The influence of climate change and wetland managment on prairie hydrology - insights from Smith Creek, Saskatchewan
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Internally drained depressional wetlands are critical landscape features in the Prairie Pothole Region (PPR) of North America. They provide important ecosystems services such as flood attenuation, improved downstream water quality, and diverse species habitat, however they are frequently drained by agriculture producers to manage excess surface water, access more farmland, or improve operational efficiencies. After recent flooding in the Canadian Prairies, there is increased interest in understanding the relative influence of climate change and wetland drainage on prairie hydrology to ensure sustainable economic and social development in the region. Future climate projections show increasing air temperatures and rainfall in the Canadian Prairies, while wetland drainage is expected to persist due to rising land prices. As such, the purpose of this thesis is to determine the influence of wetland drainage and climate change on prairie basin hydrology and develop future wetland management strategies that preserve agricultural land and mitigate downstream impacts during wet periods in the PPR. The objectives are therefore to 1) improve surface water storage capacity estimation methods from high-resolution digital elevation models (DEMs) of agriculturally dominated prairie basins, 2) advance prairie hydrological modelling through improved representation of wetland characteristics, and 3) evaluate the influence of wetland management and projected climate change on prairie basin hydrological responses. A case study of the instrumented and partially drained Smith Creek Research Basin (SCRB) is presented in this thesis. First, surface water storage capacity estimates of depressional wetlands were improved through manual breaching of roads to simulate the function of culverts in surface water drainage and storage modelling, using a 2-m resolution digital elevation model (DEM). Road-breaching at presumed culvert locations was found to decrease estimates of depressional wetland area by 29% and surface water storage capacity by 48% compared to estimates with roads-intact from automated depressional wetland delineation using the 2-m resolution DEM. Importantly, the roads-breached simulation provided wetland area and surface water storage capacity estimates that were 150% higher than estimates from aerial-photos. This result suggests that current prairie hydrological models are subject to uncertainty in estimates of wetland areas and storage capacities depending on wetland delineation methods, which may impact wetland drainage or restoration scenarios modelling results. Next, a new prairie hydrological model was developed for SCRB using the Cold Regions Hydrological Modelling Platform. This model uses primarily physically-based algorithms to simulate cold-regions prairie-specific hydrological processes including precipitation phase, wind redistribution of snow, snow sublimation, snowmelt, infiltration into frozen and unfrozen soils, crop growth, evapotranspiration, soil moisture balance, surface water storage in depressions or wetlands, and runoff routing. The new model, builds upon previous work conducted in the SCRB, but offers improved representation of wetland characteristics using depressional wetlands delineated from the 2-m roads-breached DEM, updated parameters to support multi-year simulations, a new macro to prevent soils from re-freezing after large snowfall events in the late spring, and a novel link to a hydraulic model to simulate culvert-restricted streamflow that occurs in roadside ditches and along stream channels during high runoff events in the SCRB. Finally, the new model was used to evaluate the influence of climate change and wetland drainage on the hydrology of the SCRB. Current and projected future weather variables from the Weather Research and Forecasting model were used to simulate the influence of climate change in the SCRB towards the end of the 21st century. Results suggest that a significantly warmer (5.5 ⁰C) and wetter (44 mm) projected future climate, with less snowfall and more extreme rainfall, will increase mean annual streamflow volume by 26%, with spring peak discharge decreasing by 34% and summer peak discharge increasing by 161%. If wetland drainage continues in the SCRB and wetland area drops below 9% of the basin area, streamflow volume could increase above the climate projected increase. This suggests that continued wetland drainage in prairie basins may have more influence on future streamflow volumes than projected climate change. Wetland restoration to near-historical extents was found to increase storage volumes sufficiently to offset climate projected increases in streamflow volumes, but even complete wetland restoration to historically maximum levels did not offset projected increases in summer peak daily discharge. This means that additional infrastructure upgrades or emergency response plans beyond wetland management strategies will likely be needed to manage future flood risk in the Canadian Prairies. The new methods, analysis, and results presented in this thesis are expected to be relevant to those interested in wetland management in cold-region prairie basins, including policy makers, basin stewardship groups, conservation organisations, water resources engineers, agriculture producers and the public.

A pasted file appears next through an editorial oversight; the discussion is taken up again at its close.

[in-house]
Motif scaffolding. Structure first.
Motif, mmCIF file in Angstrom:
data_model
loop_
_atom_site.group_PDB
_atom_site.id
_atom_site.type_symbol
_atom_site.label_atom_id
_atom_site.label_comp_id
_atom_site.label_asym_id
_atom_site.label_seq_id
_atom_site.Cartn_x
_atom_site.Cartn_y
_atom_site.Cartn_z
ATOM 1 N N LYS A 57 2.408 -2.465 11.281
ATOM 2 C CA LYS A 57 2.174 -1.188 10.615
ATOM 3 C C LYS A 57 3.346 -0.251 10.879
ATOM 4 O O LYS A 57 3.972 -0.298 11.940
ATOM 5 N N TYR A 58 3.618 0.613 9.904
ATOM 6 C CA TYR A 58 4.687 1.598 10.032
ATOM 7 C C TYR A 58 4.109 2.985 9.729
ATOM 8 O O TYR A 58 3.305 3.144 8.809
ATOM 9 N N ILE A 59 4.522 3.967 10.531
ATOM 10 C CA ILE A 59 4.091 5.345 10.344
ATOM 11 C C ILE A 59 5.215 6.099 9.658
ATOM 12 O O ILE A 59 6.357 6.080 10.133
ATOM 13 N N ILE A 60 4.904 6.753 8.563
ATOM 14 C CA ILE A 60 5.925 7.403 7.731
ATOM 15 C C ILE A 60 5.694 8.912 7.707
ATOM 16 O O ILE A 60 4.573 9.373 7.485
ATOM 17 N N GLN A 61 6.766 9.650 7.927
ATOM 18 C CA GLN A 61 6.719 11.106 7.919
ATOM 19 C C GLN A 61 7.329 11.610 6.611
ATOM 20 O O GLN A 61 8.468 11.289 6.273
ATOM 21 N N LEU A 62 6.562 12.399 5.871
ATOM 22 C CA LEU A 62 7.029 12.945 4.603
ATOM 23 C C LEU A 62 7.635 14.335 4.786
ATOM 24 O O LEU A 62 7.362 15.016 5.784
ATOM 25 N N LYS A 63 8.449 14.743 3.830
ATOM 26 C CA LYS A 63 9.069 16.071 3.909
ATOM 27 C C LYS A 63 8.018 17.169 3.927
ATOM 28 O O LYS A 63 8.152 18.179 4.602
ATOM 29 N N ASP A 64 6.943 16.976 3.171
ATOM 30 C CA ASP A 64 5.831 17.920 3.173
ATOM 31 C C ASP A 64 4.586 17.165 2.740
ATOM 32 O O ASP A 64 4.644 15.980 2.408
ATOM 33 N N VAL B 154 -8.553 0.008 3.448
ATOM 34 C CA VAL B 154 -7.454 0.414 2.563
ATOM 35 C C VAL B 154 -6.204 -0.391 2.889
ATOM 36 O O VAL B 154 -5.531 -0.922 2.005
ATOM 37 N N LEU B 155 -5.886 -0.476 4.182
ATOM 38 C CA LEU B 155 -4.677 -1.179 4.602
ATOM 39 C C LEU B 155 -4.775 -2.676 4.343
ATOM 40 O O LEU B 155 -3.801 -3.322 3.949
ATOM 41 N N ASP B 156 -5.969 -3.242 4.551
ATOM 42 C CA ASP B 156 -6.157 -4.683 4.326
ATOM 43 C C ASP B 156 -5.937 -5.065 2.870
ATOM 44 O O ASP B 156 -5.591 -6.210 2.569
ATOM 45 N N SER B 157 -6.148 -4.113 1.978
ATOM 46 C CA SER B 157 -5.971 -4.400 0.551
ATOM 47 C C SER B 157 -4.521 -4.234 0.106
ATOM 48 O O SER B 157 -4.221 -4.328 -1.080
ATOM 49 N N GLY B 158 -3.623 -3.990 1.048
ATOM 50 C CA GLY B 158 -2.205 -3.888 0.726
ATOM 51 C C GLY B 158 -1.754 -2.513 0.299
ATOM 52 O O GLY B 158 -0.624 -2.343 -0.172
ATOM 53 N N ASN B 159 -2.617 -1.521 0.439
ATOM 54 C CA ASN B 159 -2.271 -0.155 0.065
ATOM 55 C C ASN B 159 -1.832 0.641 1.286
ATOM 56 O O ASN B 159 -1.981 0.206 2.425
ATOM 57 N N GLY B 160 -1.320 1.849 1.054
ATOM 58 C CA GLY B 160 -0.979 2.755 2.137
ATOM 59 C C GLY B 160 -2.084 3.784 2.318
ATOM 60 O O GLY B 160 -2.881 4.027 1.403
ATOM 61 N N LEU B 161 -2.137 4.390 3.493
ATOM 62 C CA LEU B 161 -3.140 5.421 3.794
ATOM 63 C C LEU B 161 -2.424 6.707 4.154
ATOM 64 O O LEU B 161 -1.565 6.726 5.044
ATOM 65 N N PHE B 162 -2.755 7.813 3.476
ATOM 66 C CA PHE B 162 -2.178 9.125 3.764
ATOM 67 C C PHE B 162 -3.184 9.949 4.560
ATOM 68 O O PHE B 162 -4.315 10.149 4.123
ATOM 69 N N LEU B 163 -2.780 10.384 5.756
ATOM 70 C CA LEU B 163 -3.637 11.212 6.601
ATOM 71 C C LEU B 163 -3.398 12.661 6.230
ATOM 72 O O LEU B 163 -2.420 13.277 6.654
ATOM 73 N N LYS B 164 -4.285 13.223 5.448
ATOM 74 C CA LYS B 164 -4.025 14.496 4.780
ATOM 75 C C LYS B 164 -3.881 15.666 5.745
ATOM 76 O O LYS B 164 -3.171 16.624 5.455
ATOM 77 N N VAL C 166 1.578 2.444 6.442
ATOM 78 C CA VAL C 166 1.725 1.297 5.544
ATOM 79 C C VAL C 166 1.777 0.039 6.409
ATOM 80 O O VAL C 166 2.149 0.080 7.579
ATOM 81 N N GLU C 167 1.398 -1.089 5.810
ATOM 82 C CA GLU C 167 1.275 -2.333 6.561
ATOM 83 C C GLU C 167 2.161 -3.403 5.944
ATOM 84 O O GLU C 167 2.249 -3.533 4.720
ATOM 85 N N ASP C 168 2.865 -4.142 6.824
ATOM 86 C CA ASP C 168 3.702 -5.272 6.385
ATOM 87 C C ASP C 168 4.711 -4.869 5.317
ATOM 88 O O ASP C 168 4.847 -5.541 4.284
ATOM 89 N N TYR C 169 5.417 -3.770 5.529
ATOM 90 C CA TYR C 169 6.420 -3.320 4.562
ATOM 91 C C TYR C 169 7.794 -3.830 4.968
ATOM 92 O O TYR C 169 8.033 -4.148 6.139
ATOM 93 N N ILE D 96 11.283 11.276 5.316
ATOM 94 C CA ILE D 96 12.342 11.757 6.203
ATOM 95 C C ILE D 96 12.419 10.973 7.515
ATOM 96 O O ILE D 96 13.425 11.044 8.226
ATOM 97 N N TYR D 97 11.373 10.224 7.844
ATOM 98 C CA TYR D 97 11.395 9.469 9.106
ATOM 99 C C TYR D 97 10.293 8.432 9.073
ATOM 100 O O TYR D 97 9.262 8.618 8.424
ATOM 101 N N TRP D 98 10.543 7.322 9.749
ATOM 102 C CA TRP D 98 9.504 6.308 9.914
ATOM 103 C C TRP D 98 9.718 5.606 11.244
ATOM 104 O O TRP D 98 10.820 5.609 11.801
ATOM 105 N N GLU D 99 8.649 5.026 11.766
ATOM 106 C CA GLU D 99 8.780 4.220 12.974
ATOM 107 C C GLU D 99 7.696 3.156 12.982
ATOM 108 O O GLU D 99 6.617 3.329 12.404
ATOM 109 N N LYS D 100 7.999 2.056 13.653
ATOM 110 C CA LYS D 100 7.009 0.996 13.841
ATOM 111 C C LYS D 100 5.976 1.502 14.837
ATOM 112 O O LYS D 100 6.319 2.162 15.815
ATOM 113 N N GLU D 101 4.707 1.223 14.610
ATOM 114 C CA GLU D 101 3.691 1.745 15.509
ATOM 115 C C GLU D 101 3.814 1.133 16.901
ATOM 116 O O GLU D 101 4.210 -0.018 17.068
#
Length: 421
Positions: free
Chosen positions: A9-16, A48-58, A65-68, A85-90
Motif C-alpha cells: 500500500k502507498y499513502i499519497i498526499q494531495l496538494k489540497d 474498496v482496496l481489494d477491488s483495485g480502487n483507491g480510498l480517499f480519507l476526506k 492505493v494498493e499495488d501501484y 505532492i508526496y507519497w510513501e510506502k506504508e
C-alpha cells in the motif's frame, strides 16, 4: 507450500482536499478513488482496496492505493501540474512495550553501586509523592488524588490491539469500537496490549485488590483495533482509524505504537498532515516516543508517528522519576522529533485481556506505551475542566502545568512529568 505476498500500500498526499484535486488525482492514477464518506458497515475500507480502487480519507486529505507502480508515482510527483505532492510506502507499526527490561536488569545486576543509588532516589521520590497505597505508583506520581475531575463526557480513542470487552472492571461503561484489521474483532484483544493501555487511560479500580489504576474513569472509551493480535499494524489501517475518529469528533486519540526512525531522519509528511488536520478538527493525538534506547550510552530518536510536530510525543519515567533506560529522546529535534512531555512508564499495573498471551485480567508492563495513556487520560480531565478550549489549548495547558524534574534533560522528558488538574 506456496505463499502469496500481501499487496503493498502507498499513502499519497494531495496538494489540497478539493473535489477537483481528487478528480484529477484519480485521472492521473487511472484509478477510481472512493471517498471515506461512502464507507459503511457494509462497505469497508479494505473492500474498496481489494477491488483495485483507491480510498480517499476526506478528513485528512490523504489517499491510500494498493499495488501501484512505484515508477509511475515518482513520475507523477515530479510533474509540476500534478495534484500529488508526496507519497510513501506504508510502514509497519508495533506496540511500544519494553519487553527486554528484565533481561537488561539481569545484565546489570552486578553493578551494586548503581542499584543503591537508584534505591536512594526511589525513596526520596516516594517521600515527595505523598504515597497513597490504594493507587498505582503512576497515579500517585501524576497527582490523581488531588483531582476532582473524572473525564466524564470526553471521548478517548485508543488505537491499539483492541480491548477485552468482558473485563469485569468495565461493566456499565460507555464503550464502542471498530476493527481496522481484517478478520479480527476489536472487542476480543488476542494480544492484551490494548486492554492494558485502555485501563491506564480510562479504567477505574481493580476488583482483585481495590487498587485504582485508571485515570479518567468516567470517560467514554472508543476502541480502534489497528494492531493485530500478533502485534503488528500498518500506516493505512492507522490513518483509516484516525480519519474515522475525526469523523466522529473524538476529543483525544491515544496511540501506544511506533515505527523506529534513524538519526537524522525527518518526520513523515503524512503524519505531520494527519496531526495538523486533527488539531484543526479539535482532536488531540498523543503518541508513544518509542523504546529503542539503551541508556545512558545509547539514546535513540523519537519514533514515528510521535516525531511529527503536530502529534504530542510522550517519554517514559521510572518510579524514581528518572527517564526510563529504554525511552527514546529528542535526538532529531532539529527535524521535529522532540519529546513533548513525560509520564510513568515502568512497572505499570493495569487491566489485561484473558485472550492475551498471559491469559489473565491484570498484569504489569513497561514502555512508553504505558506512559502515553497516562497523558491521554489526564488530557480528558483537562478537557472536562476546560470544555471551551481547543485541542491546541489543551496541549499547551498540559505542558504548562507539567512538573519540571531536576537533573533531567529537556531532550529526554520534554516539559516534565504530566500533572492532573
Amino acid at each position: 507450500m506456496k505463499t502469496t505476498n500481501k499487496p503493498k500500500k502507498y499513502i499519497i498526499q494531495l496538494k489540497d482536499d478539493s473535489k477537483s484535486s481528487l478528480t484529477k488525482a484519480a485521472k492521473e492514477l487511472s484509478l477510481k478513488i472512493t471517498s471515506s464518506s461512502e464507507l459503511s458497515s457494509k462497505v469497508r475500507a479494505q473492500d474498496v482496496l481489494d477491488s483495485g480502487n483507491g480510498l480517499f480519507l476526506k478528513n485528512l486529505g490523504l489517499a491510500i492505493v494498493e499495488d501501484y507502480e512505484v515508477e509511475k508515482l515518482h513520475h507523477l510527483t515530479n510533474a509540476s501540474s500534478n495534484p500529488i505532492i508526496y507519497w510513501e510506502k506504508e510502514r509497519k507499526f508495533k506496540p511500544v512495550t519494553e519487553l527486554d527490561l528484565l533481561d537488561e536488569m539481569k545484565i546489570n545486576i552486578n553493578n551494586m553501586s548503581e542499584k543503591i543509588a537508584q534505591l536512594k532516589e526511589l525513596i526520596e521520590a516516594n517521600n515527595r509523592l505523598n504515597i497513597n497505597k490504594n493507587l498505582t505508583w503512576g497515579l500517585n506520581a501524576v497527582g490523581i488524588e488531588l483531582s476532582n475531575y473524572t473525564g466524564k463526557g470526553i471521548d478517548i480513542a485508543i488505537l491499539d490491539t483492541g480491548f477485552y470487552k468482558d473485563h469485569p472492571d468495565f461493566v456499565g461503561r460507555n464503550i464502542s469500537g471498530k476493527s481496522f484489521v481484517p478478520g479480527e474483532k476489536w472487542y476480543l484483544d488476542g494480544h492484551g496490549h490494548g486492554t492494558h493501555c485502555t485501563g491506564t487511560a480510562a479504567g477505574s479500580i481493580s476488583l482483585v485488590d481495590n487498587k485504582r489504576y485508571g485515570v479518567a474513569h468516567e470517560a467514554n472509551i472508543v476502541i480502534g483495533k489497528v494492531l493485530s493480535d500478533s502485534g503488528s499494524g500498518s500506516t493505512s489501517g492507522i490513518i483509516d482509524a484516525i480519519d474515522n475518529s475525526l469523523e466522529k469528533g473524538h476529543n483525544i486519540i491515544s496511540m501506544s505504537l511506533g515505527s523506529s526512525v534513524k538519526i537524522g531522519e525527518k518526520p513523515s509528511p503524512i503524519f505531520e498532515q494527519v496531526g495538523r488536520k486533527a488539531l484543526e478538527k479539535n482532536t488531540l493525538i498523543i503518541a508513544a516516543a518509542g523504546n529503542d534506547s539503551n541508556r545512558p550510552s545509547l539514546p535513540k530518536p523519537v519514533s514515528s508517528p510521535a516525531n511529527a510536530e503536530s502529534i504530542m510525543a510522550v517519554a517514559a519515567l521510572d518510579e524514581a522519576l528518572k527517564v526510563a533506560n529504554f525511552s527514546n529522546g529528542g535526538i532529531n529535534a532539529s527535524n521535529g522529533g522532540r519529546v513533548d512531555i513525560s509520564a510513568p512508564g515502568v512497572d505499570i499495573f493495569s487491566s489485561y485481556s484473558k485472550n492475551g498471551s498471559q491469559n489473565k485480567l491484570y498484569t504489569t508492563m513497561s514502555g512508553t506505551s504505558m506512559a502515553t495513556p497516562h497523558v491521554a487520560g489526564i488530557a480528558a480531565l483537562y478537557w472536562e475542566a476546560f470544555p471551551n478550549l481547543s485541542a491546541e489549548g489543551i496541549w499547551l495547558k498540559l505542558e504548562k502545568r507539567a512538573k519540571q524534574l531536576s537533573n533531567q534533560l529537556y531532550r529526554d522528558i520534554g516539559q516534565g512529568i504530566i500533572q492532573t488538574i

DegreeDoctor of Philosophy (Ph.D.)
DepartmentGeography and Planning
SupervisorPomeroy, John; Wheater, Howard
CommitteeHacket, Paul; Martz, Lawrence; Spence, Chris; Razavi, Saman
Copyright DateApril 2022